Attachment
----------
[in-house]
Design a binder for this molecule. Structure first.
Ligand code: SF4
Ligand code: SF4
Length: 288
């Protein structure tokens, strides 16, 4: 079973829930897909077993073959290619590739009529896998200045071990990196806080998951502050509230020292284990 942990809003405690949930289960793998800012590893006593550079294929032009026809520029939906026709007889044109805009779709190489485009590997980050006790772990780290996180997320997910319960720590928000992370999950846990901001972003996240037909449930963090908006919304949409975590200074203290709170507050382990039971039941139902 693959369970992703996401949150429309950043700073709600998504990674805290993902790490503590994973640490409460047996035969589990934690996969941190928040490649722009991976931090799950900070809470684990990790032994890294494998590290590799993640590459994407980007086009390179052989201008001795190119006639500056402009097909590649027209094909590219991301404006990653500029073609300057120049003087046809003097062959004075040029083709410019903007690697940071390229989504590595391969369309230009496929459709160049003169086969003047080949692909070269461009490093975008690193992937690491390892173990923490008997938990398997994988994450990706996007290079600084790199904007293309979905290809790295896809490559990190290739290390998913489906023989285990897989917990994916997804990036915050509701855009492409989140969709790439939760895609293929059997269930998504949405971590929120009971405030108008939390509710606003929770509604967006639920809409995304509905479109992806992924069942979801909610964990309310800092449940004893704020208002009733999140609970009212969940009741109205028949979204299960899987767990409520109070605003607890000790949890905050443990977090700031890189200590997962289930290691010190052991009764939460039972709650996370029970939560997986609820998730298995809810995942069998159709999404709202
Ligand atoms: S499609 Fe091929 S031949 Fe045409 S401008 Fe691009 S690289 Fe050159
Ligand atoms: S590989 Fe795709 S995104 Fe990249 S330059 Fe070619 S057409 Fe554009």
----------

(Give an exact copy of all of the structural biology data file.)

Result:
[in-house]
Design a binder for this molecule. Structure first.
Ligand code: SF4
Ligand code: SF4
Length: 288
């Protein structure tokens, strides 16, 4: 079973829930897909077993073959290619590739009529896998200045071990990196806080998951502050509230020292284990 942990809003405690949930289960793998800012590893006593550079294929032009026809520029939906026709007889044109805009779709190489485009590997980050006790772990780290996180997320997910319960720590928000992370999950846990901001972003996240037909449930963090908006919304949409975590200074203290709170507050382990039971039941139902 693959369970992703996401949150429309950043700073709600998504990674805290993902790490503590994973640490409460047996035969589990934690996969941190928040490649722009991976931090799950900070809470684990990790032994890294494998590290590799993640590459994407980007086009390179052989201008001795190119006639500056402009097909590649027209094909590219991301404006990653500029073609300057120049003087046809003097062959004075040029083709410019903007690697940071390229989504590595391969369309230009496929459709160049003169086969003047080949692909070269461009490093975008690193992937690491390892173990923490008997938990398997994988994450990706996007290079600084790199904007293309979905290809790295896809490559990190290739290390998913489906023989285990897989917990994916997804990036915050509701855009492409989140969709790439939760895609293929059997269930998504949405971590929120009971405030108008939390509710606003929770509604967006639920809409995304509905479109992806992924069942979801909610964990309310800092449940004893704020208002009733999140609970009212969940009741109205028949979204299960899987767990409520109070605003607890000790949890905050443990977090700031890189200590997962289930290691010190052991009764939460039972709650996370029970939560997986609820998730298995809810995942069998159709999404709202
Ligand atoms: S499609 Fe091929 S031949 Fe045409 S401008 Fe691009 S690289 Fe050159
Ligand atoms: S590989 Fe795709 S995104 Fe990249 S330059 Fe070619 S057409 Fe554009």